Strong, moving poems of reflection in a fine collection.

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This poetry collection searchingly considers the ambiguous role of the poet as a mediator between soul and nature.

In the title poem, which also stands as an epigraph, Collins (Psalmandala, 2014, etc.) establishes his stance: because “Soul never presents in its own shape” and “can only stalk sunfaces from their shadows,” the soul’s presence must be discerned from clues, as a hawk’s flight reveals the wind that it rides on. But the observer also creates, so that clouds, for example, make him or her “imagine horses / become horses: horses become gods.” The way that the soul mediates the divine doesn’t, however, get us any closer to the soul, as our “similes bleed out.” And because “entropy claims / every dawn,” we’re left to figure out a way to live, “to imagine / wandering on” in a world of appearances. For the poet, this means long walks around the harbor, which serves as a central image and metaphor throughout the collection. Although the word “harbor” has connotations of haven and safety and is said to be a place that calls out our authentic selves (“We are each ourselves at the harbor: / Runners run, readers read, children play”), it’s also depicted as a constantly changing threshold, a route to the mythic “Underworld.” The speaker’s longing for spiritual connection is constantly tested by the harbor, with its oil spills and stench of death. Collins’ use of language in this collection, and especially of verbs, is fresh, and he employs forms that help to convey the feel of his speakers’ daily walking meditations. In several poems he writes of the impulse to render the world in poetry and the natural world’s resistance to being reduced to metaphor. In “Ars Poetica,” for example, a nest-building bird momentarily “seems my soul,” teaching a poet to move between worlds as fledglings are taught to move between nest and sky. But, looking up after writing his poem, he sees that “She is gone.” Collins also addresses how imagination can interfere with one’s ability to discern realities, such as the cycle of life and death. For example, a speaker remembers how, as a child, he saw a caught fish gasping out its life—now he “hear[s] myself think look, the fish is playing”; on the harbor ice, gulls are shown dropping clams to shatter their shells, “again, again, again, again, forever.” Still, though his poems are often serious, melancholy, or rueful, Collins can also sometimes laugh at himself. One especially strong poem, for instance, is “The Sacrosanct Mallard of Mamaroneck Harbor,” in which the speaker satirizes his own tendency to epiphanize, claiming that it’s not his fault: “Listen, Jesus, it wasn’t my idea / for this mallard to stand on the dock / stretching his wings out all crucifixiony.” In the final section, the speaker becomes willing to live in mystery, guided by the soul’s “impossible eyesight” that discloses other worlds "by what imagines to contain it.”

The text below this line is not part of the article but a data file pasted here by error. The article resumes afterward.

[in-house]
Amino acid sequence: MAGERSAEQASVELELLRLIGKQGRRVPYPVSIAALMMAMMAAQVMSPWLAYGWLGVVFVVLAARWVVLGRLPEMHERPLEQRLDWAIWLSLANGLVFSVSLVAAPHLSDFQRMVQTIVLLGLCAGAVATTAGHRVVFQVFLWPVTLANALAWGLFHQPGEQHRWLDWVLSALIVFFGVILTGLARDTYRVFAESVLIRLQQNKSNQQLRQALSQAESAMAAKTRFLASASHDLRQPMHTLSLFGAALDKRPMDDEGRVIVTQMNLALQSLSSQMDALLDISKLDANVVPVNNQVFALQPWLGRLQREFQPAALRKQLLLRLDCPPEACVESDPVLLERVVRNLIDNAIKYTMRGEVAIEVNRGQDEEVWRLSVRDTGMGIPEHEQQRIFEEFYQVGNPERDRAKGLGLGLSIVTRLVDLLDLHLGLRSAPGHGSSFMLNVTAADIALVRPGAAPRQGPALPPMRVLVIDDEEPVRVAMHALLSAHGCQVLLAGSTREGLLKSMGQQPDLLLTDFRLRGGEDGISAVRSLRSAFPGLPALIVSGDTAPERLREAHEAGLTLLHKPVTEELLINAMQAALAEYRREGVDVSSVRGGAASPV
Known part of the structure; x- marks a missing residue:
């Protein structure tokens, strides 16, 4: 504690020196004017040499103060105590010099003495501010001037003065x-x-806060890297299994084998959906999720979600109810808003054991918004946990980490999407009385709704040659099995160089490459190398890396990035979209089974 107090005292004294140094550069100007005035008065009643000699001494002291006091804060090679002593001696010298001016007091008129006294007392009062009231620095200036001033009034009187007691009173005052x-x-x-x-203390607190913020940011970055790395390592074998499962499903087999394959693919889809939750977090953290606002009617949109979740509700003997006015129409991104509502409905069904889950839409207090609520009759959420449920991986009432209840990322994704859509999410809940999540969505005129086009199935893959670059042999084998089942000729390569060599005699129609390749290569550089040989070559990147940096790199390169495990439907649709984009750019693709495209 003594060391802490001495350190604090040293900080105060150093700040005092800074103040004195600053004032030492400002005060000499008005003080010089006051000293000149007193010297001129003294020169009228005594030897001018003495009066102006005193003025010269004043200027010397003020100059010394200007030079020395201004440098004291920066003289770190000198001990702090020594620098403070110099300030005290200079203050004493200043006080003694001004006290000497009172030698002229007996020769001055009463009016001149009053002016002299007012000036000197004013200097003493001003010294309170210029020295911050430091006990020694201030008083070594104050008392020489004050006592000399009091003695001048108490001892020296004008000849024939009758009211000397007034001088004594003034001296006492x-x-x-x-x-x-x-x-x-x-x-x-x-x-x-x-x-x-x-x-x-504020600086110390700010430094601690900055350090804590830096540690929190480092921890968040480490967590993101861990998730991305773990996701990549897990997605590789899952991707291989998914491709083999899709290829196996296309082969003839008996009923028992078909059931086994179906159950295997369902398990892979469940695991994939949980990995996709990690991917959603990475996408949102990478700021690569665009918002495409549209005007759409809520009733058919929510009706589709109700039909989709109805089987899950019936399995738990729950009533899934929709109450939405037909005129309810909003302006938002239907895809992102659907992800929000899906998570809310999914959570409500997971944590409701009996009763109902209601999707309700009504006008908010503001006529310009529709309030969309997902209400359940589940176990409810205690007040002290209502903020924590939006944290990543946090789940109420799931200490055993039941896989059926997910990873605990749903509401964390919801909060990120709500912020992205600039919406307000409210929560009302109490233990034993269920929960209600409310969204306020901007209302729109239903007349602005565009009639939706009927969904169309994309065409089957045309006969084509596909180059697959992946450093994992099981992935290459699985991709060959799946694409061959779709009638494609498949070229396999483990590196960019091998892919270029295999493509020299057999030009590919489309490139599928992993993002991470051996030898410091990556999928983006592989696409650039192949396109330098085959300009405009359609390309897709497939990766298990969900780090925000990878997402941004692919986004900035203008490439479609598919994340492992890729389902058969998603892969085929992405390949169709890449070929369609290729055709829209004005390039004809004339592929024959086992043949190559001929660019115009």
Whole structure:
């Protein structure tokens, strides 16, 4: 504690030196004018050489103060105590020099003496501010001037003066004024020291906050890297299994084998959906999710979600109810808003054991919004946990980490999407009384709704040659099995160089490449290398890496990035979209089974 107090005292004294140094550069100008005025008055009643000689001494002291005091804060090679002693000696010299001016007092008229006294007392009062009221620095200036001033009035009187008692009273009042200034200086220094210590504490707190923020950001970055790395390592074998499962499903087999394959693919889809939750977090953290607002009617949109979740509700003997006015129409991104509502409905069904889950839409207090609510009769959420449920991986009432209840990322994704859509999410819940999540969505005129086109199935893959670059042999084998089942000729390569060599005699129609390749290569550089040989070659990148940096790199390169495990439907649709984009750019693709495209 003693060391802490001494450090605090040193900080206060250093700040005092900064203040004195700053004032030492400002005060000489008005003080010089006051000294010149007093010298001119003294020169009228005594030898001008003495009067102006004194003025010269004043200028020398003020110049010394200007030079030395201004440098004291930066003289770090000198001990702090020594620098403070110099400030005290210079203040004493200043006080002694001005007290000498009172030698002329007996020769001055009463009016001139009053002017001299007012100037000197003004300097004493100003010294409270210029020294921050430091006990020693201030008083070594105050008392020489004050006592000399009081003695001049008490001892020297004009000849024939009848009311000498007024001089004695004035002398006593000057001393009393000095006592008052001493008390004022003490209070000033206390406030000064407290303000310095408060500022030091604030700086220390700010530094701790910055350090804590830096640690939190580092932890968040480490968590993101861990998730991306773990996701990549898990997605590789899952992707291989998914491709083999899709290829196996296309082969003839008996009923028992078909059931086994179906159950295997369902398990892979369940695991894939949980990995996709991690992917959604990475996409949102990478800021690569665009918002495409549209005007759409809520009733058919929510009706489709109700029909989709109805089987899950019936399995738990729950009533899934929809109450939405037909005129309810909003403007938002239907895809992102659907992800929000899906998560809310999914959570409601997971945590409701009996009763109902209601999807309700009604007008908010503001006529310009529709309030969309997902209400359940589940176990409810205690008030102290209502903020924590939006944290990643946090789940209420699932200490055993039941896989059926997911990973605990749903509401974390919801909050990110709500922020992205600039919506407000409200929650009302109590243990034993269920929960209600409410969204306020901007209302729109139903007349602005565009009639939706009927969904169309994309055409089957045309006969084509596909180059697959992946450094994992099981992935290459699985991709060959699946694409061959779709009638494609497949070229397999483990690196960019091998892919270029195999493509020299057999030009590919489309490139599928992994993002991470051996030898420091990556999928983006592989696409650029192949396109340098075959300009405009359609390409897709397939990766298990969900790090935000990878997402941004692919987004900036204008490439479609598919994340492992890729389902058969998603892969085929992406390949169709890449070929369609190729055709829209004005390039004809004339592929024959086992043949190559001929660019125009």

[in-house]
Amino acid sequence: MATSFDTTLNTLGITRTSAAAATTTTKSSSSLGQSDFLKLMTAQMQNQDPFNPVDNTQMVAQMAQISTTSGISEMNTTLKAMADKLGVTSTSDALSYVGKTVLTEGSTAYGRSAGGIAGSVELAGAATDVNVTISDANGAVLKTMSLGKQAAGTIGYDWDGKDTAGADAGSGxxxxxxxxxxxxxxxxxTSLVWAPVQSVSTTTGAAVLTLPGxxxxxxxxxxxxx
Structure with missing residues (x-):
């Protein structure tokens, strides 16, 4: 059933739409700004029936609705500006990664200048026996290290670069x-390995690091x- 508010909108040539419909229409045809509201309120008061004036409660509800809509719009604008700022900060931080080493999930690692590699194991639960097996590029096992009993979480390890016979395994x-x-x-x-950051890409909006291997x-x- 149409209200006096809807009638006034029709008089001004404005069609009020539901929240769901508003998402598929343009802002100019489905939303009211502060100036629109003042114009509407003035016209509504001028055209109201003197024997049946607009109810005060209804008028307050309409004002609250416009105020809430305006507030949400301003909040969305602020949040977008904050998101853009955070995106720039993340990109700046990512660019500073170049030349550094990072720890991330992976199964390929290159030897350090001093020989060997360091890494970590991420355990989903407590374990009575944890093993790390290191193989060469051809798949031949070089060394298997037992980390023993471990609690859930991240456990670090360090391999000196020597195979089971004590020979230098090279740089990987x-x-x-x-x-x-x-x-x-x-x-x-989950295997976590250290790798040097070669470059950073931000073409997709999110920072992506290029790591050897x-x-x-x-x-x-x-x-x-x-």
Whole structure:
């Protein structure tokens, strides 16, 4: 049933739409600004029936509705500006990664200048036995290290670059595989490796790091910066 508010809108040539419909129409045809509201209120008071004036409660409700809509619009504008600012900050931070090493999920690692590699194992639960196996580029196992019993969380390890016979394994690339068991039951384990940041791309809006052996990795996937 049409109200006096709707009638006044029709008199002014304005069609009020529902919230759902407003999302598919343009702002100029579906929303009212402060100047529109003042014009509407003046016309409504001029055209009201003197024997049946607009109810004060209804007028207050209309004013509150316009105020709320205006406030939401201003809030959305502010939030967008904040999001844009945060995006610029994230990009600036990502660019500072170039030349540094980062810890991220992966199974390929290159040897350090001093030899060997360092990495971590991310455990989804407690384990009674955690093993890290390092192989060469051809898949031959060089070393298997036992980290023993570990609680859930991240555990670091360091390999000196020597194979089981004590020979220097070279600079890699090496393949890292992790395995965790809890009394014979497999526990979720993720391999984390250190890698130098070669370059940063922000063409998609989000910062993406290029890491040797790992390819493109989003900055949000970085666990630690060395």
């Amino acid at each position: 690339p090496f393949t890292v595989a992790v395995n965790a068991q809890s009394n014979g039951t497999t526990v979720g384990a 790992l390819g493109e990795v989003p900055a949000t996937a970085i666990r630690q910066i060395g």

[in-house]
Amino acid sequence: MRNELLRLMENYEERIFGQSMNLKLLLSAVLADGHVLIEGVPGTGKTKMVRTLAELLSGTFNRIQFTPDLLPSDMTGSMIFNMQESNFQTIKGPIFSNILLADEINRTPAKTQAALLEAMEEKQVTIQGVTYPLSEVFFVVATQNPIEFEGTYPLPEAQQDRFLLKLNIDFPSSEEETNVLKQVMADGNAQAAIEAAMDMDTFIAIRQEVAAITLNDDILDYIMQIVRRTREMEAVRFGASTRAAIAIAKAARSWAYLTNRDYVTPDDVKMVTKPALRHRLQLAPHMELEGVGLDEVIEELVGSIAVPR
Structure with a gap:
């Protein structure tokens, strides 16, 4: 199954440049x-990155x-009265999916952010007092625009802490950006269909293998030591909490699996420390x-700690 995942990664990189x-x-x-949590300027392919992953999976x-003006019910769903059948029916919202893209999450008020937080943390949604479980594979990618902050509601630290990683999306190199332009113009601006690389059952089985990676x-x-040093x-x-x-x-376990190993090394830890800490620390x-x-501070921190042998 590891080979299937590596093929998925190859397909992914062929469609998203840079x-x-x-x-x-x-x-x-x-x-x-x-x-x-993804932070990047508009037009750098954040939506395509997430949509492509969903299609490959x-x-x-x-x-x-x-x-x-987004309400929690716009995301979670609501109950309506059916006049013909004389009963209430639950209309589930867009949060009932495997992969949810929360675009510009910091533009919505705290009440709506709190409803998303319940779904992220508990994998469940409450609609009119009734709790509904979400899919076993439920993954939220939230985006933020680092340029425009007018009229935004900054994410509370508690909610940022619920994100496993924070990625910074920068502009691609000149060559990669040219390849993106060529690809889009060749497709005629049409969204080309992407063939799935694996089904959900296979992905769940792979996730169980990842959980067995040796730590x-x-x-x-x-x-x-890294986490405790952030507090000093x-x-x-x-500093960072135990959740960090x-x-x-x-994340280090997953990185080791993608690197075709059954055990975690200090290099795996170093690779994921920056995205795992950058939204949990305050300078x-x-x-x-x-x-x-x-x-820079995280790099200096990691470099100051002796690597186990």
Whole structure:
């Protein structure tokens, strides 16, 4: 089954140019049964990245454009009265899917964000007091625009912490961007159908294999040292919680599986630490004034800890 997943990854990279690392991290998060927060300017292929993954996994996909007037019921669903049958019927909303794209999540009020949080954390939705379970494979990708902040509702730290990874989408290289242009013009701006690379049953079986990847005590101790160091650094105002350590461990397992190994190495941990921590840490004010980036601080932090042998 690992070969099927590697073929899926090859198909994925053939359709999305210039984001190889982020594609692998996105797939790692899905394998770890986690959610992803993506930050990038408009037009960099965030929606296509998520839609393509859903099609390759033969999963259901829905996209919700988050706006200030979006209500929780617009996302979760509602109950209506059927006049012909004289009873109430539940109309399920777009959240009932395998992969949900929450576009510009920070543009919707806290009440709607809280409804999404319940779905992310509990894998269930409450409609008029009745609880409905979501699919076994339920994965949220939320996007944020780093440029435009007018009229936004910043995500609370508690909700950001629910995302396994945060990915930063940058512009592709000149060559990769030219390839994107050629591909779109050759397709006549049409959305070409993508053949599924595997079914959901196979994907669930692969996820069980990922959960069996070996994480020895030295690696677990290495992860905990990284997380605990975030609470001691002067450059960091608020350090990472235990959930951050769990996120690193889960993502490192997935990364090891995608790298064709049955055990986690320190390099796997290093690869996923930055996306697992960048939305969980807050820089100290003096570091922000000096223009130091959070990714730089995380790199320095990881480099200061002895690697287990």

Strong, moving poems of reflection in a fine collection.

Pub Date: Nov. 1, 2017

ISBN: 978-0-9969074-5-3

Page Count: 82

Publisher: Saddle Road Press

Review Posted Online: Sept. 12, 2017

Kirkus Reviews Issue: Oct. 15, 2017

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A volume of ambitious and engaging poems.

THE POWER OF THE TELLING

COLLECTED POEMS

A collection of poetry focuses on everyday beauty and wonder.